The authors use the MILP model as a benchmark to evaluate selection algorithm and the routing scheme. The impact of such energy aware design on the performance of WOBAN is analyzed over dynamic traffic profiles. The results show that appropriate configuration of design parameters can lead to considerable energy saving without significantly lowering the network performance.

4. Applications

Besides providing general access to the Internet, BWA can also be applied to specific scenarios that require high data rate or low latency. Such scenarios include both entertainment and emergency coping. A video streaming scheme for IPTV is discussed in 4.1. Then BWA deployments dedicated for emergency awareness is presented in 4.2

4.1 Video Streaming for IPTV

The video streaming services to end users are becoming more and more popular today. One of the successful examples is BBC's iPlayer. It allows viewers to stream their favorite TV programs on demand no matter the program is live or broadcasted in the past. The current technology behind iPlayer is Adobe Flash Player, partly as a result of the limitations of TCP that does not provide guarantee on delay nor bit rate. Therefore it is likely that TCP will be abandoned in the future when BWA is available to support IPTV.

Today's typical IPTV configurations contain a wireless access network from the TV to the gateway and a wired access to the metro network. Figure 7 shows a typical IPTV network topology where SS is for Subscriber Station and BS for Base Station. Node C is the source or destination of the video stream. Except for the bottleneck link of 5 Mbps rate, all the other links are of 100 Mbps.

fig7

Figure 7. A typical IPTV network topology. [Al-Majeed10]

[Al-Majeed10] proposes the Broadband Video Streaming (BVS) scheme that employs a single Negative Acknowledged (NACK) for retransmission. The scheme is designed to reduce the packet loss without introducing significant delay. The BVS scheme is suitable for networks of short round-trip time, which is a feature shared by the IPTV network.

Table 1: Simulation Setting For BVS. [Al-Majeed10]

Parameter Value
PHY OFDMA
Frame Length 20 ms
Max Pkt Length 1 KB
Raw Data Rate 10.67 Mbps
IFFT Size 1024
Modulation 16 QAM 1/2
Guarded Band Ratio 1/8
DL/UL Ratio 3:1
Path Loss Model Two-way Round
Two-way Round Gilbert-Elliott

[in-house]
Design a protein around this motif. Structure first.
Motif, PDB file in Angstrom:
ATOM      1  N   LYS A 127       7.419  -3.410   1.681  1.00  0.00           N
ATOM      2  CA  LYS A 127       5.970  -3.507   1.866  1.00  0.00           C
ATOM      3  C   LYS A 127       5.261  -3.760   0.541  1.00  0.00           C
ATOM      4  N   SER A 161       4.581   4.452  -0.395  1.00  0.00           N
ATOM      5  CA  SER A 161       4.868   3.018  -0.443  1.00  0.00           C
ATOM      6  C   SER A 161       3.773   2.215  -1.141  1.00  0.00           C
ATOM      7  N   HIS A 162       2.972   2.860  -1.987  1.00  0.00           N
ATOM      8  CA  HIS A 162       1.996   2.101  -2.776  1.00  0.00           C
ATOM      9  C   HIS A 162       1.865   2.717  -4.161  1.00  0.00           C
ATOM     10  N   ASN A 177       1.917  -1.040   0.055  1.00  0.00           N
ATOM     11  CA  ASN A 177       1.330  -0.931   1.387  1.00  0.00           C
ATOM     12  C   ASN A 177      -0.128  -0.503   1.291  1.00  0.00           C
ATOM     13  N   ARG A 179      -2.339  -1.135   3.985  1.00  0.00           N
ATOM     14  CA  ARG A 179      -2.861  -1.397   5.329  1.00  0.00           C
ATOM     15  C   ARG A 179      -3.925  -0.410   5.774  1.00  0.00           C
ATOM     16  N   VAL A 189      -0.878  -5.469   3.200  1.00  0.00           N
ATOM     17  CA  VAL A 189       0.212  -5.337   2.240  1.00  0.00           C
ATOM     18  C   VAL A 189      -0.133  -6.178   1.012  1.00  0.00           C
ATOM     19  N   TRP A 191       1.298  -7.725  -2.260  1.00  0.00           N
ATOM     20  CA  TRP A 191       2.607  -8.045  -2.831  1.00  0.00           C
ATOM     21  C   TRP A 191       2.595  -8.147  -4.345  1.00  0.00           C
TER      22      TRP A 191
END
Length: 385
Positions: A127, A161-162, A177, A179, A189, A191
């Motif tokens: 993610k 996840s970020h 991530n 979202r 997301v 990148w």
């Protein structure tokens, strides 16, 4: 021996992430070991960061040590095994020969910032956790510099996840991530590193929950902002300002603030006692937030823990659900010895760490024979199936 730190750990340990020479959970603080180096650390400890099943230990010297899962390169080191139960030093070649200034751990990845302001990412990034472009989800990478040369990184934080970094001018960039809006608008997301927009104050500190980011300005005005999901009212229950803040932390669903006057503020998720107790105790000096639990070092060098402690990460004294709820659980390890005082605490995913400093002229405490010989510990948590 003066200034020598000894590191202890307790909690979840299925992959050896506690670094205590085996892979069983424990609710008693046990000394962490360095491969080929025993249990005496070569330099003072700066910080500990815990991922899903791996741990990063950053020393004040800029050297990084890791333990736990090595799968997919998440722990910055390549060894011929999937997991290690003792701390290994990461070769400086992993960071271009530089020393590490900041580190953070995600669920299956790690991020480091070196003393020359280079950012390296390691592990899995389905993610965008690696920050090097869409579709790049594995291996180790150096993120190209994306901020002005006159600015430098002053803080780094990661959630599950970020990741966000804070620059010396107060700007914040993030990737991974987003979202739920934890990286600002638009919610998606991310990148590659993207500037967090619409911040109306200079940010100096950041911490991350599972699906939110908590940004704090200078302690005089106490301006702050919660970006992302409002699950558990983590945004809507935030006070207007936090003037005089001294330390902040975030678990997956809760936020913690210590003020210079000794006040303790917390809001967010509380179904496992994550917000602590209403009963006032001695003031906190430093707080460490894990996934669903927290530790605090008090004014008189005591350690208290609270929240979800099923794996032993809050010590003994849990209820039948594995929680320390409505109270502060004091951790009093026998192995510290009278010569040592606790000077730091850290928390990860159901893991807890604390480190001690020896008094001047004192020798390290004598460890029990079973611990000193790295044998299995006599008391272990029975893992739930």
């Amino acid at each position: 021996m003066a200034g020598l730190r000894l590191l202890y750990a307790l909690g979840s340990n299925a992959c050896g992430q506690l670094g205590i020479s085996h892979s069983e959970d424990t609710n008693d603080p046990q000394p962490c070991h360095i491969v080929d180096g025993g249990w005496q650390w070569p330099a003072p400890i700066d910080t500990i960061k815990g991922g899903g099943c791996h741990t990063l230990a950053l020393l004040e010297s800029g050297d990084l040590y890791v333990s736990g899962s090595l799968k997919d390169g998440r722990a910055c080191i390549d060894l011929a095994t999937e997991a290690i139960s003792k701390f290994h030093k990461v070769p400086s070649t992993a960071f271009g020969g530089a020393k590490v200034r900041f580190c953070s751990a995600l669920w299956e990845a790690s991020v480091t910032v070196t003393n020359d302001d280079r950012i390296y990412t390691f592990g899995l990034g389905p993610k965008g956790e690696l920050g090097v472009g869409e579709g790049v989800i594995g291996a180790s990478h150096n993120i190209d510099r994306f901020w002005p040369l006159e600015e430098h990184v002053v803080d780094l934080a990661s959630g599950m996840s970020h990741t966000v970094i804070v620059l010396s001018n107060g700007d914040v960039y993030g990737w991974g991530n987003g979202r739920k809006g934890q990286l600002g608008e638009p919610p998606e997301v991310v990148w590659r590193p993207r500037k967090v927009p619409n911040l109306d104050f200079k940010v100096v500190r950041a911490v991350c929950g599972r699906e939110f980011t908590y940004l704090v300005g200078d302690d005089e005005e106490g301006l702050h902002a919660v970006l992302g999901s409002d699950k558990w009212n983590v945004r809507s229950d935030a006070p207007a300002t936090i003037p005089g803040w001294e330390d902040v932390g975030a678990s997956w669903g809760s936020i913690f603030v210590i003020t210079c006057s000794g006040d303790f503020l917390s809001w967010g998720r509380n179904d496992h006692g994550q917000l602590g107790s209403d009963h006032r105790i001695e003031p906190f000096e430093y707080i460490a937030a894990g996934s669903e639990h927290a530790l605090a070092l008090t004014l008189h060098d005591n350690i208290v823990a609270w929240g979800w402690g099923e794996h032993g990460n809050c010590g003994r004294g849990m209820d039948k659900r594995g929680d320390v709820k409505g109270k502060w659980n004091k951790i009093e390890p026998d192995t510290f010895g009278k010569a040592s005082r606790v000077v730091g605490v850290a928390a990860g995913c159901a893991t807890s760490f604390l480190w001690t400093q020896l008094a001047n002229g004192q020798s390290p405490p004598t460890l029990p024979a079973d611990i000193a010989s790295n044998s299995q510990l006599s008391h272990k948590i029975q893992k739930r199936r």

MS Tx Power 250 mW
BS Tx Power 20 W
Approx. Range to MS 0.7 kmt
MC Mission Critical
Antenna Type Omni-directional
Antenna Gain 0 dB
MS Antenna Height 1.5 m
BS Antenna Height 32 m

Using the simulation settings described in Table 1, the authors compare the BVS scheme with the industrial-standard Datagram Congestion Control Protocol (DCCP). DCCP uses TCP-Friendly Rate Control (TFRC) for connections handling. In single connection mode, TFRC misrecognized packet loss as congestion and thus reduce its sending rate. This lowers the utilization and lengthens streaming periods, which can be avoided by splitting a stream into several connections. The BVS scheme employs this option and allows the aggregate rate of the stream to compensate for individual connections. Therefore BVS achieves better utilization of the wireless channel and lower packets loss than DCCP.

4.2 Emergency Awareness Networks

Mission Critical (MC) systems such firefighting, police and healthcare, rely heavily on the underlying communication infrastructure to conduct tactical and emergency operations. Technological advancements in recent years are expected to help MC systems migrate from single data service to multimedia services. However, public networks are preceding the MC sector in both technology evolution and commercial deployment. So far the usage of the emerging FiWi BAN has been restricted to public users only. Mission-critical services for public safety and disaster responding communication can also benefit from such fiber-wireless integration.

To design an emergency awareness network using FiWi technology, key challenges such as fault recovery, QoS guarantee and security must be met. [Dhaini11b] proposes Mission Critical FiWi BAN (MC-FiWi BAN), the emergency aware network architecture that leverages layer-2 VPN to support mission critical services utilizing the FiWi integration. MC-FiWi BAN helps to extend the emerging BWA network to support MC services in rural areas. MC-FiWi BAN enforces MC service requirements such as high security, customize network control and critical messages with low latency by employing well-established VPNs. Each VPN responds to a specific type of mission-critical service that requires the bundle of Service Level Agreement and effective resource management paradigm.